True Story…..A 22-month-old boy fell to the bathroom floor, began vomiting blood, and stopped breathing. His family called paramedics. The child died in the emergency room before his x-ray could be interpreted.  An autopsy revealed that he had swallowed a button battery that had lodged in and severely burned his esophagus. He died from internal bleeding. The circumstances and timeframe surrounding when the child found and swallowed the battery remain unknown. The family reported that he was acting like himself up until the day he died, except for acting as if he needed more attention than usual.

As the popularity of button or disk batteries increases, severe injuries, to the point of death, are also increasing for young children and toddlers. Button or disk batteries are found in many household items, such as children’s books, toys, TV remote controls, watches, calculators, hearing aids, flashlights and key fobs. Many of these products contain newer and stronger batteries. Compared to the 1.5-volt button batteries of the past, the larger 3-volt lithium batteries have increased the risk of life-threatening injuries dramatically.

button disk battery dangers

The coin-sized lithium battery possesses a strong electrical charge when out of the electronic unit. If swallowed by a child, it can become lodged in the upper esophagus and react quickly with saliva. The battery discharges a current that hydrolyzes water and generates hydroxide, creating a caustic (alkaline) injury to the tissue. Serious damage occurs in just two hours.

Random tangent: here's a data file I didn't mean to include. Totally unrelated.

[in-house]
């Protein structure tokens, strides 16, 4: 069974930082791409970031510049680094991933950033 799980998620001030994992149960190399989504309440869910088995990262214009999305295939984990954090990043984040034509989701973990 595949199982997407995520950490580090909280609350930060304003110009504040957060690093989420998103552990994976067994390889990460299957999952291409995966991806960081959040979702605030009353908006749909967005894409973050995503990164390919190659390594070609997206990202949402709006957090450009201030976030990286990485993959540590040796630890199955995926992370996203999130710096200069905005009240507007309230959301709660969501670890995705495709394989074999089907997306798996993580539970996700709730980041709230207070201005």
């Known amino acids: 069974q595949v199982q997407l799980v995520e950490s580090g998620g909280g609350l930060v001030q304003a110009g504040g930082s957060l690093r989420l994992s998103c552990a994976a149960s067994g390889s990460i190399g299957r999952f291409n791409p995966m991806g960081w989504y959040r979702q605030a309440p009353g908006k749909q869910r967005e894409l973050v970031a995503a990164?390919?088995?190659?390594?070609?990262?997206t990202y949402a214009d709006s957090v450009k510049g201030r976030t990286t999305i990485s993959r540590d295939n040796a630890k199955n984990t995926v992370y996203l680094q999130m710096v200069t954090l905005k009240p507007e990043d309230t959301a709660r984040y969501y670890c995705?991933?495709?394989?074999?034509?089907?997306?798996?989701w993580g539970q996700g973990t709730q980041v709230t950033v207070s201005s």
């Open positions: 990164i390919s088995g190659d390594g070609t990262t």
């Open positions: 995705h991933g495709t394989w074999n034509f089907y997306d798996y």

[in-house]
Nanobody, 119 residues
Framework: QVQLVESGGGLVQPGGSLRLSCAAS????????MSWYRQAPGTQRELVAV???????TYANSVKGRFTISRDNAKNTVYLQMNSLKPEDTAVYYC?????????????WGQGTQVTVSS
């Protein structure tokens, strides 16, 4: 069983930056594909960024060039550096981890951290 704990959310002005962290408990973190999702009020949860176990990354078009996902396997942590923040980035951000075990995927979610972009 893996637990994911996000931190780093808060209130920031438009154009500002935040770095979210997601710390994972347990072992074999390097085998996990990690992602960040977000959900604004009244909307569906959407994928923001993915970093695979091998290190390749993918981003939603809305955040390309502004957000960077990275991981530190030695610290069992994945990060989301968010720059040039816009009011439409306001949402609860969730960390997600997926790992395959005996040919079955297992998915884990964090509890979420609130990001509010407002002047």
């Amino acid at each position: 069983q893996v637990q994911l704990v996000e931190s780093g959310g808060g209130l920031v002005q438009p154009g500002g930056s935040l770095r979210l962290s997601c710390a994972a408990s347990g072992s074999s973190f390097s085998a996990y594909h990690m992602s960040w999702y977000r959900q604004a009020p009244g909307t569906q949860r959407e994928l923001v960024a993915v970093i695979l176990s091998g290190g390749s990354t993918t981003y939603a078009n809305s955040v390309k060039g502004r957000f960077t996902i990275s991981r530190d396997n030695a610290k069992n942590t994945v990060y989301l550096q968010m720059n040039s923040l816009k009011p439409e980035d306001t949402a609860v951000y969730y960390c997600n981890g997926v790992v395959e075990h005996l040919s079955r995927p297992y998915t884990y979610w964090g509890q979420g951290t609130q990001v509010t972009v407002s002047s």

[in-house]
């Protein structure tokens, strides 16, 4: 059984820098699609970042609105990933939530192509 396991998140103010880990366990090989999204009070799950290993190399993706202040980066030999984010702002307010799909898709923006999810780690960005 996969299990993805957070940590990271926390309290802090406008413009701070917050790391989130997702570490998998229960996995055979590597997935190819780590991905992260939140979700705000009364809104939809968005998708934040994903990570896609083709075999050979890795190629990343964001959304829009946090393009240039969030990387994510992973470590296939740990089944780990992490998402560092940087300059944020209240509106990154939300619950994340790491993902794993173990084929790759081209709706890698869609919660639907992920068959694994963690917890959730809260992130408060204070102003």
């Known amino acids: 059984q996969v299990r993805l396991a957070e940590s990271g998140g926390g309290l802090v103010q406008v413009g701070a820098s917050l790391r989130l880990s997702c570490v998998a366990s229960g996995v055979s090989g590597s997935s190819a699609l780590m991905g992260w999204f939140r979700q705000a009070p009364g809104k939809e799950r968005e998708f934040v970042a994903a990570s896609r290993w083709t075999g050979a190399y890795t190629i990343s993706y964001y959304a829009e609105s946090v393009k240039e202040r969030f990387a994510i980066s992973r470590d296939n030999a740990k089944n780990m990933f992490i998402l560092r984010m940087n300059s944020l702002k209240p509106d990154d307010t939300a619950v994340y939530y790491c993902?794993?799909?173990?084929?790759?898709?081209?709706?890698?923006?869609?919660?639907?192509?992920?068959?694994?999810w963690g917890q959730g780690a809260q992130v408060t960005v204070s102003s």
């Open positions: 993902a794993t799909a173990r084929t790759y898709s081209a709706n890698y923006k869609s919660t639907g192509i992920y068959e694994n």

A caregiver may not know that a child has swallowed a button battery. The erosive injury from the battery progresses rapidly over several hours. The child may vomit, refuse food, develop a fever or cough and become listless. These symptoms mimic many common childhood illnesses and obscure the correct diagnosis.

EVERY MINUTE COUNTS! Prompt medical attention is essential when caregivers find an opened battery compartment or missing battery that may have been swallowed by an infant or young child. Children with suspected battery ingestions must be taken to the nearest Hospital Emergency Room for IMMEDIATE evaluation. A proper diagnosis cannot be made by a history or physical exam alone. X-rays are essential and should include the child’s entire body. Batteries may be mistaken for coins on X-ray. However, batteries will have a distinctive “halo rim” around the edges of the image on a high-quality X-ray that a coin will NOT have..

Safe removal can be difficult and even hazardous. Physicians with specialized skills are often needed. Critically ill children may need to be hospitalized in a pediatric intensive care unit after removal to ensure that an injured esophagus heals without perforation or scarring.


  • Ensure that children do not have access to button batteries!
    Check products that use button batteries.
  • Ensure that the battery compartment is securely closed and that it requires a tool, such as a screwdriver, to open it.
  • Batteries should be stored out of children’s reach and disposed of safely.


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